“My favourite is the Porkoláb,” Csilla begins the conversation. “Our experience until now is that it always gives a more sophisticated and more elegant wine than the rest. I think this is because of the red clay and the limestone. It’s a warm, sun-lit valley where figs ripen two weeks earlier than anywhere else. Even if we pick the grapes that ripened to black with lower acidity, the minerality at the end of the palate greatly makes up for what would be missing in the acid content. Now the Cabernet Franc 2016 is the liebling: with blackcurrant, eastern spices and intensity. I like it because despite the big body, it’s round and has good drinkability. And there is that subtle saltiness in it that makes the Porkoláb the Porkoláb.”




“This plot gives a massive, full, rich wine,” continues Csaba. “On top of that, above the Sárköz, you can see till the end of the world from the terraces. That vineyard is also about soil, only in a more masculine form. It has such power, zest and character that it’s the most exciting one for me and it’s dad’s favourite at the moment. It has always been the foundation of Grádus and since 2008 it has shown itself as a single vineyard variety wine. In 2016, we selected a Merlot. It’s still young but I think it’s really serious. It’s like the Görögszó. Vibrant aromas of sour cherry, rich red berries, the oak is still intense in it but it suits it.”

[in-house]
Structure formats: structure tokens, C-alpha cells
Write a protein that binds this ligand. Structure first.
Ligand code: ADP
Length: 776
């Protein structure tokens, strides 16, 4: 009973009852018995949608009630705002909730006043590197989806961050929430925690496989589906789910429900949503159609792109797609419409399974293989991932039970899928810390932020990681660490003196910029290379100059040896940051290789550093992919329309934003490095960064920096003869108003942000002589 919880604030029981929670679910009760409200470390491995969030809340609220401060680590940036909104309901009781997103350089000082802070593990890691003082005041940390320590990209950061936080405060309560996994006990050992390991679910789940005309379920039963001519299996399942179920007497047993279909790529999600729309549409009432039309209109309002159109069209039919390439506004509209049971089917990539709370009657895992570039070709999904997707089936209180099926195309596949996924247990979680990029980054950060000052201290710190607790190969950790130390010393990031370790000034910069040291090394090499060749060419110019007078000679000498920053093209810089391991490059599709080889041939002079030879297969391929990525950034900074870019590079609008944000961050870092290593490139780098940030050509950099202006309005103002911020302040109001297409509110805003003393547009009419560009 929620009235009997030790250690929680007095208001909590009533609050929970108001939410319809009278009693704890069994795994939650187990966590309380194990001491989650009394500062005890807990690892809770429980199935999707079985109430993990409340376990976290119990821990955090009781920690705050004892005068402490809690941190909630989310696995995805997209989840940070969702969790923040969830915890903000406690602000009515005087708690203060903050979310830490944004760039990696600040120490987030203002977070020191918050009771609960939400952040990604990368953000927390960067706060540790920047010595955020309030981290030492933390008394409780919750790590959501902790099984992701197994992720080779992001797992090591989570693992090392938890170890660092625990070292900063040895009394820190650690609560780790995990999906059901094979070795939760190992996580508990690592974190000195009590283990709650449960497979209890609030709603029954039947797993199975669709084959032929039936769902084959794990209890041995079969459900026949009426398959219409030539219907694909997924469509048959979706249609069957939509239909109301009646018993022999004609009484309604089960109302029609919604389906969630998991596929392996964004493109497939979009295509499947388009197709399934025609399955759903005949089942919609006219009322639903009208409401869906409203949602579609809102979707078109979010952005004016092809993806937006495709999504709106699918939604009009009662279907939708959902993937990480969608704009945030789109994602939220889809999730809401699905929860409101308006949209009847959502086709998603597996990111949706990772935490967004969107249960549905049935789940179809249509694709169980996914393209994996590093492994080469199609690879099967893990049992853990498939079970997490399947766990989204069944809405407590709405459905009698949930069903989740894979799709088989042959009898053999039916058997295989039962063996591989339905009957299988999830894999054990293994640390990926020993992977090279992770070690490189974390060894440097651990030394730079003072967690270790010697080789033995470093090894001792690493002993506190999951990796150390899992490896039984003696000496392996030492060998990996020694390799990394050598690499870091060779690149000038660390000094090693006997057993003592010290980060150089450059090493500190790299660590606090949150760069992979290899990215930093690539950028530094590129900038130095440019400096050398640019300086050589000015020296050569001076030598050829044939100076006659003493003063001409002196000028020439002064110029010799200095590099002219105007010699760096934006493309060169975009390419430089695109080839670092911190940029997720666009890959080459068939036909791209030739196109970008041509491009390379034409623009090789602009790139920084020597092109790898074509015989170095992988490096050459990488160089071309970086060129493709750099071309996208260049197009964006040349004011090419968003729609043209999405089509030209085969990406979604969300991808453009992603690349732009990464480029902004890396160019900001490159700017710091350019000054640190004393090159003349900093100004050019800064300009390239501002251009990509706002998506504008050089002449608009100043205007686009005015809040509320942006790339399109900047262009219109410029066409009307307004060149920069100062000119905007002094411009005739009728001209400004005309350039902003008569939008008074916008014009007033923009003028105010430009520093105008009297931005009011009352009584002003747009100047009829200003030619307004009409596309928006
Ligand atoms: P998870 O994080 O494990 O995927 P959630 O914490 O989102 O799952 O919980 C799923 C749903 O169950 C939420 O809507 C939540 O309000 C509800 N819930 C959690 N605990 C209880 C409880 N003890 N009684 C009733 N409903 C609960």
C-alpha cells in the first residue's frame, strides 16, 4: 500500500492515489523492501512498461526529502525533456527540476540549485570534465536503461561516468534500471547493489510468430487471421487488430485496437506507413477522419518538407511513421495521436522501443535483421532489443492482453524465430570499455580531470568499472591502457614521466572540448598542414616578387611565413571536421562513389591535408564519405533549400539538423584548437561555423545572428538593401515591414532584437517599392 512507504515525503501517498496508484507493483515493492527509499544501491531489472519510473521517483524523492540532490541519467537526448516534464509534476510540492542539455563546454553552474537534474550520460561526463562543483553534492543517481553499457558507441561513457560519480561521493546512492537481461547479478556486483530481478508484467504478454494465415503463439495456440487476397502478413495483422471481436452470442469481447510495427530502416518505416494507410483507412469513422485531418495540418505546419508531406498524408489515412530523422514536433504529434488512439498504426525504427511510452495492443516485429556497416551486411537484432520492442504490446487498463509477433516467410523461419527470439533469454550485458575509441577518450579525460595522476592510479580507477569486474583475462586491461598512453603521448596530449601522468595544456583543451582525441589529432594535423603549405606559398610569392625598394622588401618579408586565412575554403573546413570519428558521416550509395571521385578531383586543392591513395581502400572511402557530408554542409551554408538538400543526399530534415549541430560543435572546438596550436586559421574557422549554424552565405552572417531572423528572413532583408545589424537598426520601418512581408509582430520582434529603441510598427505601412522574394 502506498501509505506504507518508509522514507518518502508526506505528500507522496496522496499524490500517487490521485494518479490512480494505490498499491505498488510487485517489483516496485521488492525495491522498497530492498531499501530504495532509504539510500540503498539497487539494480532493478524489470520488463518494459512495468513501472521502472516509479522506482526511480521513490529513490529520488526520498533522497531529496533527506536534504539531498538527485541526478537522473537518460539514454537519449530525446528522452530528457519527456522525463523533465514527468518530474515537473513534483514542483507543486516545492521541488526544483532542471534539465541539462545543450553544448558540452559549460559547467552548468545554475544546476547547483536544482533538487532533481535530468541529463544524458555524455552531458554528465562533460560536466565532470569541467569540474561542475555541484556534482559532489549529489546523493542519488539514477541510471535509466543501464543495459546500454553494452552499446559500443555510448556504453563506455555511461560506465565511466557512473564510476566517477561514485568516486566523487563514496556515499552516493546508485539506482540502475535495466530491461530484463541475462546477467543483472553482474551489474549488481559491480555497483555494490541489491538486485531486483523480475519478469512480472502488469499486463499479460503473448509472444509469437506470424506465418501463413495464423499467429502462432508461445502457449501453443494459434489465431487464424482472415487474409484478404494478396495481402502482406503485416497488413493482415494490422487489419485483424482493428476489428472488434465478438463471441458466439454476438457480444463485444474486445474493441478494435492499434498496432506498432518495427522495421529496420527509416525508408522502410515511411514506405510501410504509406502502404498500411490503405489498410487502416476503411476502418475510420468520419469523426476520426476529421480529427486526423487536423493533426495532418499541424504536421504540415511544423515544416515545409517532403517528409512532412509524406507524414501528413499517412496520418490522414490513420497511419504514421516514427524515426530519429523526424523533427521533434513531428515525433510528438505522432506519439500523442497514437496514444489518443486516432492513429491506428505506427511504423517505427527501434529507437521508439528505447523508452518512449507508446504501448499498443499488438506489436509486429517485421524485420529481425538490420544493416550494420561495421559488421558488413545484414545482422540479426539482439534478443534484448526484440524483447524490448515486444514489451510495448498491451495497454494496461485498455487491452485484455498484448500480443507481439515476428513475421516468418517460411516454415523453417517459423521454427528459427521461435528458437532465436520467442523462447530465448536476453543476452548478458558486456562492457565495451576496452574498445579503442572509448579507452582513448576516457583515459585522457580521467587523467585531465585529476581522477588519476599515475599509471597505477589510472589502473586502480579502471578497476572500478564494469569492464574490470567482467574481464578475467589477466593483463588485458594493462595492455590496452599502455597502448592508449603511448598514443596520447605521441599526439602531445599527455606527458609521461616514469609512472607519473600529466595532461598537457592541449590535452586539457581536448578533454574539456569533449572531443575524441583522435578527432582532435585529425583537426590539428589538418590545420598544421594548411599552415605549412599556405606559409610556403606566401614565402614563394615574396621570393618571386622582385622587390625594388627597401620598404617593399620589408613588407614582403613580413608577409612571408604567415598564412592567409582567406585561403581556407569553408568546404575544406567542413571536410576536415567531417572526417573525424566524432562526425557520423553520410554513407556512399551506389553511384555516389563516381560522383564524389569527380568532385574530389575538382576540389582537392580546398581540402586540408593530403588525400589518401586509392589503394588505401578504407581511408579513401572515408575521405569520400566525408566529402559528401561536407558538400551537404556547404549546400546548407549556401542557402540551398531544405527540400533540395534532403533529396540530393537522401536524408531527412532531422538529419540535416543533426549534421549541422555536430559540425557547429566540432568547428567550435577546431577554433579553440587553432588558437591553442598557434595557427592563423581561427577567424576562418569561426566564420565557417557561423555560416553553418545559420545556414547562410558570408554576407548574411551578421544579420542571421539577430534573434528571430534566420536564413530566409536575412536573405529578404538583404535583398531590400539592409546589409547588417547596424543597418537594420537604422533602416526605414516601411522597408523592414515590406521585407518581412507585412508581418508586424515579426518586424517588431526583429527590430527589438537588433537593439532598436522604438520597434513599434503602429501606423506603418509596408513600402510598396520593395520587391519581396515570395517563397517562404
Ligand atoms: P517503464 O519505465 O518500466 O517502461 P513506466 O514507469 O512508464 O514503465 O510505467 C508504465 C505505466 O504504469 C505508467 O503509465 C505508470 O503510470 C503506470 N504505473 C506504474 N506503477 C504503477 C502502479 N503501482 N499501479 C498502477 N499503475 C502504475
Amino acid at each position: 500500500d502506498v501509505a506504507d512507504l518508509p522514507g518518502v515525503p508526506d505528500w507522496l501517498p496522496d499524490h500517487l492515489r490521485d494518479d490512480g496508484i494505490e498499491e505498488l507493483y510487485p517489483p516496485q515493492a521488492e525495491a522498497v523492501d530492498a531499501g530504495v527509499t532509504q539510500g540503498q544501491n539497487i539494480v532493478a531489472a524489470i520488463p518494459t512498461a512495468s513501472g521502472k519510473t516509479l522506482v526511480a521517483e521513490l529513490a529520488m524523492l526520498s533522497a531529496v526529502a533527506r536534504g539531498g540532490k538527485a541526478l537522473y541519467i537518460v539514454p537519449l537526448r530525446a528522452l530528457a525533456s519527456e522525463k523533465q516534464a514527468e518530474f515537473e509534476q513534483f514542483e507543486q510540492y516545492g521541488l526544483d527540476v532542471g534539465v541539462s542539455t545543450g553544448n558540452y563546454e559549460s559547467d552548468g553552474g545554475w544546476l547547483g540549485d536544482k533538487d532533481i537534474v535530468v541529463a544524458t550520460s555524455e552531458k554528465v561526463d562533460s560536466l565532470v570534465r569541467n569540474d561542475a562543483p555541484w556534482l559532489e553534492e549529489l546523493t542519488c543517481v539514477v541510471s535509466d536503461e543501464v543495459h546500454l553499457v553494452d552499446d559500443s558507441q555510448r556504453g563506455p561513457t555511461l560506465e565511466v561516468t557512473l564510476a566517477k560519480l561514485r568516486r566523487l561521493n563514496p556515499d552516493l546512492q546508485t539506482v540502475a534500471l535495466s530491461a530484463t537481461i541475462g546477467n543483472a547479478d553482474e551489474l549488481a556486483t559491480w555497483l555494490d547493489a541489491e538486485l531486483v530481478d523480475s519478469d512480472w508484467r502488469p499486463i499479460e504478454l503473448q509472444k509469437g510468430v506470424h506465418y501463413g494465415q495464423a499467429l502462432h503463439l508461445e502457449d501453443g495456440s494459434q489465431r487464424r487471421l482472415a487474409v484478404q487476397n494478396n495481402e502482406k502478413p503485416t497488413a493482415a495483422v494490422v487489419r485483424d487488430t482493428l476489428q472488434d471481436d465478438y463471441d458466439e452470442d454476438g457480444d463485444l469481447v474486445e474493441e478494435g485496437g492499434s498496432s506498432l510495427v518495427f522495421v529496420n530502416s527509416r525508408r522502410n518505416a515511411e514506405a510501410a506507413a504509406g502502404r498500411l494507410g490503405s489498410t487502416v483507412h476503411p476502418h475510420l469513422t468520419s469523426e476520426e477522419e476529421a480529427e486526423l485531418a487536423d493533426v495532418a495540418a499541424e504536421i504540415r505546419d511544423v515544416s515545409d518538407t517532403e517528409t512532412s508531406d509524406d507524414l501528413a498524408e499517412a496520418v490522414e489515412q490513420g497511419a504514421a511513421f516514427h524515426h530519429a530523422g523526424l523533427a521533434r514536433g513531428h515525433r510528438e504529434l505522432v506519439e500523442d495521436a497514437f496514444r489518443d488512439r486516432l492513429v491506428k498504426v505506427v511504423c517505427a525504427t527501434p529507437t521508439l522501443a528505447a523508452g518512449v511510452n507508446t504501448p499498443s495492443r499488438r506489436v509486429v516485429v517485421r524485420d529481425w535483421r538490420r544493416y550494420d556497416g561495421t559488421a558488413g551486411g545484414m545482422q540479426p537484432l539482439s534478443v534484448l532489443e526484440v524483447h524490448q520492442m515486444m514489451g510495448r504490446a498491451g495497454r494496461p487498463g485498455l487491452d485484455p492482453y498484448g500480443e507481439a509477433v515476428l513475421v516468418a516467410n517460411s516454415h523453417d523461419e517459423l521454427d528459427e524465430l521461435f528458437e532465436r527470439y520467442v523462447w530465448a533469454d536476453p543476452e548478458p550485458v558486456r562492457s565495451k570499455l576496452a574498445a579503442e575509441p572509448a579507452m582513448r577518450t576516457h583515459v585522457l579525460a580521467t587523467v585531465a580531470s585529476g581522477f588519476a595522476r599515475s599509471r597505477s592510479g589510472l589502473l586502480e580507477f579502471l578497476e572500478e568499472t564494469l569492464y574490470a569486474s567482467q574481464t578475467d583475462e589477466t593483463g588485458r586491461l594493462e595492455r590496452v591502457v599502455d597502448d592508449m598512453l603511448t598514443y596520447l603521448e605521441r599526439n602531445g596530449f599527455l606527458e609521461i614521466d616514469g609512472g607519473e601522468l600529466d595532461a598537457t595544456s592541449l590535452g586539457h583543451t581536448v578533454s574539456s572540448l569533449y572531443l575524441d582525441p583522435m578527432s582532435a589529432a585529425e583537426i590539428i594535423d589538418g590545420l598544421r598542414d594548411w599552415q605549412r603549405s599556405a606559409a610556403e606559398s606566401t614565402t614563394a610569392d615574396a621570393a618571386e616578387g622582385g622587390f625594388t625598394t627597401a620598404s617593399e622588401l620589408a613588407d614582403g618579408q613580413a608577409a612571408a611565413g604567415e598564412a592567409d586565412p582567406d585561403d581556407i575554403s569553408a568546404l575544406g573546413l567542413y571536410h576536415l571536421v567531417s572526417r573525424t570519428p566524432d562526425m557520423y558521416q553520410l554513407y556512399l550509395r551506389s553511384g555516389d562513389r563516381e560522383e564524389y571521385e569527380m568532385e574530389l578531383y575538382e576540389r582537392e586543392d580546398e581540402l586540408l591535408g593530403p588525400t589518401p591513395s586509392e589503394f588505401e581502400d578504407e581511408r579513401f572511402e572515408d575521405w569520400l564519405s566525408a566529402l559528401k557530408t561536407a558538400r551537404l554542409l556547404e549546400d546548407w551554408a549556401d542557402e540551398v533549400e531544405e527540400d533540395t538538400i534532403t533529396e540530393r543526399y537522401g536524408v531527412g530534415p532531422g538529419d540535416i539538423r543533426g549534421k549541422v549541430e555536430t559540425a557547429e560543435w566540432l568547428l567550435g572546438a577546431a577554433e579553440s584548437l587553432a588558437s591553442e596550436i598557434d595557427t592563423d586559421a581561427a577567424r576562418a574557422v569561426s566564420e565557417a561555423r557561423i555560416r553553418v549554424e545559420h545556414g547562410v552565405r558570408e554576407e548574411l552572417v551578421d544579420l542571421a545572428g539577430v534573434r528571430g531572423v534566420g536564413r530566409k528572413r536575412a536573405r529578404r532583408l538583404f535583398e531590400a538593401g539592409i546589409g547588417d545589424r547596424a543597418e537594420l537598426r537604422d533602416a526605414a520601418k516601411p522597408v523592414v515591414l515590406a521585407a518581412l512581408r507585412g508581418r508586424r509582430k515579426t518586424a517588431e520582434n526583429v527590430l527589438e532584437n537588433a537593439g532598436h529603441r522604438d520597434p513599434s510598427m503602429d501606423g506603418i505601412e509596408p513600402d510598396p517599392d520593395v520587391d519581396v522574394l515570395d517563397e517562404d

1. If it’s a vineyard, it’s the:

Csilla: Porkoláb.

Csaba: Iván-völgy.

Dad: Görögszó.

2. If it’s a wine, it’s:

Csilla: everything but mostly Champagne.

Csaba: anything, but mainly someone else’s.

3. If it’s a wine region, then it’s:

Csilla: Szekszárd.

Csaba: Szekszárd.

4. If not here, then in:

Csilla: Piemonte, Barbaresco.

Csaba: Priorat or the Douro Valley.

5. If very much, then it’s:

Csilla: Kékfrankos.

Csaba: Kékfrankos.

6. If not at all, then it’s:

Csilla: Pinot Noir, but only here in Szekszárd, otherwise very much yes.

Csaba: I don’t like working with Pinot here in Szekszárd either, but I love it from other places.

7. Bordeaux or Burgundy?

Csilla: Abroad only Burgundy, here regarding the varieties I’d say Bordeaux.

Csaba: Absolutely Burgundy.